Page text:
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Catheter Cardiovasc Interv. 2009 May 1;73(6):719-24. doi: 10.1002/ccd.21969.

Prevalence and prediction of previously unrecognized peripheral arterial disease in patients with coronary artery disease: the Peripheral Arterial Disease in Interventional Patients Study.

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Division of Cardiology, New York Presbyterian Hospital/Weill Cornell Medical Center, Weill Medical College of Cornell University, New York, New York, USA.



Peripheral arterial disease (PAD) is under diagnosed in primary care practices, yet the extent of unrecognized PAD in patients with coronary artery disease (CAD) is unknown.


To assess the prevalence of previously unrecognized PAD in patients undergoing coronary angiography and/or intervention and to determine the relationship between presence of PAD and severity of CAD.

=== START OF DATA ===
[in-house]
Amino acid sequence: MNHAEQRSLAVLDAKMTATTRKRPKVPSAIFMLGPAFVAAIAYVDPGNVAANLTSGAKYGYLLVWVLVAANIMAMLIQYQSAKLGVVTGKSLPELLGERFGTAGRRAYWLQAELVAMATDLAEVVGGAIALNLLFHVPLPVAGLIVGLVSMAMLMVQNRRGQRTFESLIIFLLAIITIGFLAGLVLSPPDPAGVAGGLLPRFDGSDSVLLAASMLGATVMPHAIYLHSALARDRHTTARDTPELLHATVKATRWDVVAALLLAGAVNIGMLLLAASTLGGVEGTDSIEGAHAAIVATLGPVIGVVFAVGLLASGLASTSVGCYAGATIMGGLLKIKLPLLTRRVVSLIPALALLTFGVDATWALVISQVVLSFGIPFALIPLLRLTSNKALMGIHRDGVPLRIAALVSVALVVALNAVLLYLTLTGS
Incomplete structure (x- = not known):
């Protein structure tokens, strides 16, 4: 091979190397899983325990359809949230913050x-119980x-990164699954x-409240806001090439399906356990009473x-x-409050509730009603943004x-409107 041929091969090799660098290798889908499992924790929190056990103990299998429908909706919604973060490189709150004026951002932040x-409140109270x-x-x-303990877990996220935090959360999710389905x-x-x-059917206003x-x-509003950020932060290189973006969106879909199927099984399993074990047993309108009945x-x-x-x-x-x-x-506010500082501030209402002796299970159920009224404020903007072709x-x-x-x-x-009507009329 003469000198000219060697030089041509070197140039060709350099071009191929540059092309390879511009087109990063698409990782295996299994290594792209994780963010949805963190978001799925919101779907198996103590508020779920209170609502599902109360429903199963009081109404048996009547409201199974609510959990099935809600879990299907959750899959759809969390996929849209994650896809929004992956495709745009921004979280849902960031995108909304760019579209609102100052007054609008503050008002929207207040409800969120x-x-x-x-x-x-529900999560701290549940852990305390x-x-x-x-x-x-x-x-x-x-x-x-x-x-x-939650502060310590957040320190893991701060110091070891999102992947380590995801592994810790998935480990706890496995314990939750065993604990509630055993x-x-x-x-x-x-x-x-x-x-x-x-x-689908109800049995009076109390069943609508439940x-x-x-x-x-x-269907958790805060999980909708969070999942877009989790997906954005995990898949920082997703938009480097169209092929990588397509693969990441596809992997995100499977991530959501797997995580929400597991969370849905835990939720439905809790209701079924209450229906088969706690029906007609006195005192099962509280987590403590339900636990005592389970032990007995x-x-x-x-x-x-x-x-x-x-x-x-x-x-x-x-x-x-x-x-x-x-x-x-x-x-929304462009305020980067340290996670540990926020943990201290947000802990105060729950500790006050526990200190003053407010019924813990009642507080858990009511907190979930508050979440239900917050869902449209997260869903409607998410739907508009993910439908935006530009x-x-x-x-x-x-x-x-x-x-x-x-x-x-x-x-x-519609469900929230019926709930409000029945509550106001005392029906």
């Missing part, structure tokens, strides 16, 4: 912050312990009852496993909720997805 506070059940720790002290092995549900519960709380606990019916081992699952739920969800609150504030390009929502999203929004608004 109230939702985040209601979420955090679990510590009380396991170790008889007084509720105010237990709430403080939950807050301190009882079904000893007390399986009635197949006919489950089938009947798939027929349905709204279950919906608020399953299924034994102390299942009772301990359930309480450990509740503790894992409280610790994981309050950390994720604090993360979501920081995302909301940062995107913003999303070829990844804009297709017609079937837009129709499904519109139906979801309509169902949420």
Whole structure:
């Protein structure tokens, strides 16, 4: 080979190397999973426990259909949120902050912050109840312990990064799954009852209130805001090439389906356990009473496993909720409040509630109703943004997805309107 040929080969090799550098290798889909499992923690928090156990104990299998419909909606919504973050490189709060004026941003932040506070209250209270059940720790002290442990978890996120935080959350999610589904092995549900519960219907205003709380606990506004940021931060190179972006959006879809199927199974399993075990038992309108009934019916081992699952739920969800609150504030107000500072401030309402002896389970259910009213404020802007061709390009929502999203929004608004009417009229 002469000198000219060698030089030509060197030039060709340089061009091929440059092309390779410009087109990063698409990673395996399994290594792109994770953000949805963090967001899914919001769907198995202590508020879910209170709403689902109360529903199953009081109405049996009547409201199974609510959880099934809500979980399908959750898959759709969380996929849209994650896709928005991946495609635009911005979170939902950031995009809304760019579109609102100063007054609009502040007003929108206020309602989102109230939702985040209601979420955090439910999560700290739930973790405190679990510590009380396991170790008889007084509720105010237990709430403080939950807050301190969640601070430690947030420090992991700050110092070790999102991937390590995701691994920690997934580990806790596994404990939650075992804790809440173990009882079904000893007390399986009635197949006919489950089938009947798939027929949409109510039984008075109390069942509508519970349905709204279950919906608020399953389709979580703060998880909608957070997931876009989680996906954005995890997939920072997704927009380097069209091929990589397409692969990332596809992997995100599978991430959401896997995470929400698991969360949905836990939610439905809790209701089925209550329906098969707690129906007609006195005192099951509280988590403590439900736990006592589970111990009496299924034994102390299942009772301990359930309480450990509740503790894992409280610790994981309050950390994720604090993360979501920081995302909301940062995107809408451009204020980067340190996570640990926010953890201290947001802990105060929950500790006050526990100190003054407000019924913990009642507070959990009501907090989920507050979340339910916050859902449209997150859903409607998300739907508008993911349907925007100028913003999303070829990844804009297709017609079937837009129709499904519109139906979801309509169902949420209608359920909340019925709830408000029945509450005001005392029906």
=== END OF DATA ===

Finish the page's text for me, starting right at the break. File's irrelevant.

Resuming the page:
The Peripheral Arterial Disease in Interventional Patients Study (PIPS) is a prospective cohort study conducted at an inpatient service of a tertiary referral center. A total of 800 patients referred for coronary angiography without prior diagnosis of PAD aged 70 years or older or aged 50-69 years with a history of tobacco use and/or diabetes mellitus were included. Evaluation involved a medical history, a questionnaire to assess symptoms and functional status, and measurement of the ankle-brachial index (ABI). PAD was considered present if the ABI was 0.90 or less.


The prevalence of previously unrecognized PAD was 15%, 95% CI (12.6-17.7) and was highest among patients over 70 years of age (25.2%) and in women (23.3%). Among patients with CAD, those with PAD had higher prevalence of left main and multivessel coronary artery disease (87.2% vs. 75.5%, P = 0.006). Alternatively, patients with multivessel CAD had a twofold higher risk of being diagnosed with previously unrecognized PAD compared with those with single vessel CAD [adjusted OR = 2.02, (95% CI 1.03-3.98)].


PAD is often overlooked even in patients with known ischemic heart disease under specialist cardiovascular care. Overlooked PAD in this population increases in frequency with advanced age, in women, and in the presence of other traditional cardiovascular risk factors. Furthermore, the presence of PAD in this population identifies a subgroup with more severe form of CAD.

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